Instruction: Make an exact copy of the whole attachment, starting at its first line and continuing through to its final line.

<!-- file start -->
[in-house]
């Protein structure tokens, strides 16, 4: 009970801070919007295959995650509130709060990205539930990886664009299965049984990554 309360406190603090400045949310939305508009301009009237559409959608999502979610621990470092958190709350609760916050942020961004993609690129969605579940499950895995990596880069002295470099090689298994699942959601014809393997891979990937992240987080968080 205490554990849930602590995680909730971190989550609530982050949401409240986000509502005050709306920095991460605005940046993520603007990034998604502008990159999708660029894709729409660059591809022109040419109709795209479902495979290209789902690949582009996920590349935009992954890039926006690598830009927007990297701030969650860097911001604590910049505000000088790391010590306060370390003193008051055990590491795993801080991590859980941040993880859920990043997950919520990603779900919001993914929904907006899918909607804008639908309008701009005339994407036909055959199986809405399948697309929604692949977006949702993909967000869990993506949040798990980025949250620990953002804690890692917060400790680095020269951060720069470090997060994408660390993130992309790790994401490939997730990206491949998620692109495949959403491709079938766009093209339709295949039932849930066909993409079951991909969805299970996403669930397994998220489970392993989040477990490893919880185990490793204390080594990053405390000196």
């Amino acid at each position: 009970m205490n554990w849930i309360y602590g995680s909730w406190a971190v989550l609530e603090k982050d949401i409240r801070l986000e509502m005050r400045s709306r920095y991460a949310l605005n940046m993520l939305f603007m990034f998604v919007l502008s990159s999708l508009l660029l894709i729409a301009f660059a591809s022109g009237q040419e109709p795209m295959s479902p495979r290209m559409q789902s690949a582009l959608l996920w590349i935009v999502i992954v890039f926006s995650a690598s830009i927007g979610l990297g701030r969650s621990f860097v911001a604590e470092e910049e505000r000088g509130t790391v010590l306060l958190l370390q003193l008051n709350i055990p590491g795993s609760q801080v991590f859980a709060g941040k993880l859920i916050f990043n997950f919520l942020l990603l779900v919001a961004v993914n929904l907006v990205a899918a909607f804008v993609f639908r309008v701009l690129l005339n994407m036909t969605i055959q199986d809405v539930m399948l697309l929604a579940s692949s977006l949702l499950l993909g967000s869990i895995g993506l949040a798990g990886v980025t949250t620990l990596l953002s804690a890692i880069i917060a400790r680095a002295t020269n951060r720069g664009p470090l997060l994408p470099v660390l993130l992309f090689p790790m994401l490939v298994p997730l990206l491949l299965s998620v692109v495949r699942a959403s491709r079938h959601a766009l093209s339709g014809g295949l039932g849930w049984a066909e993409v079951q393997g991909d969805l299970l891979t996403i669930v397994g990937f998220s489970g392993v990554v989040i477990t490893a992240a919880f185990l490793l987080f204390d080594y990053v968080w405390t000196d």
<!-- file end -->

[in-house]
């Protein structure tokens, strides 16, 4: 009970801070919007295959995650509130709060990205539930990886664009299965049984990554 309360406190603090400045949310939305508009301009009237559409959608999502979610621990470092958190709350609760916050942020961004993609690129969605579940499950895995990596880069002295470099090689298994699942959601014809393997891979990937992240987080968080 205490554990849930602590995680909730971190989550609530982050949401409240986000509502005050709306920095991460605005940046993520603007990034998604502008990159999708660029894709729409660059591809022109040419109709795209479902495979290209789902690949582009996920590349935009992954890039926006690598830009927007990297701030969650860097911001604590910049505000000088790391010590306060370390003193008051055990590491795993801080991590859980941040993880859920990043997950919520990603779900919001993914929904907006899918909607804008639908309008701009005339994407036909055959199986809405399948697309929604692949977006949702993909967000869990993506949040798990980025949250620990953002804690890692917060400790680095020269951060720069470090997060994408660390993130992309790790994401490939997730990206491949998620692109495949959403491709079938766009093209339709295949039932849930066909993409079951991909969805299970996403669930397994998220489970392993989040477990490893919880185990490793204390080594990053405390000196």
């Amino acid at each position: 009970m205490n554990w849930i309360y602590g995680s909730w406190a971190v989550l609530e603090k982050d949401i409240r801070l986000e509502m005050r400045s709306r920095y991460a949310l605005n940046m993520l939305f603007m990034f998604v919007l502008s990159s999708l508009l660029l894709i729409a301009f660059a591809s022109g009237q040419e109709p795209m295959s479902p495979r290209m559409q789902s690949a582009l959608l996920w590349i935009v999502i992954v890039f926006s995650a690598s830009i927007g979610l990297g701030r969650s621990f860097v911001a604590e470092e910049e505000r000088g509130t790391v010590l306060l958190l370390q003193l008051n709350i055990p590491g795993s609760q801080v991590f859980a709060g941040k993880l859920i916050f990043n997950f919520l942020l990603l779900v919001a961004v993914n929904l907006v990205a899918a909607f804008v993609f639908r309008v701009l690129l005339n994407m036909t969605i055959q199986d809405v539930m399948l697309l929604a579940s692949s977006l949702l499950l993909g967000s869990i895995g993506l949040a798990g990886v980025t949250t620990l990596l953002s804690a890692i880069i917060a400790r680095a002295t020269n951060r720069g664009p470090l997060l994408p470099v660390l993130l992309f090689p790790m994401l490939v298994p997730l990206l491949l299965s998620v692109v495949r699942a959403s491709r079938h959601a766009l093209s339709g014809g295949l039932g849930w049984a066909e993409v079951q393997g991909d969805l299970l891979t996403i669930v397994g990937f998220s489970g392993v990554v989040i477990t490893a992240a919880f185990l490793l987080f204390d080594y990053v968080w405390t000196d």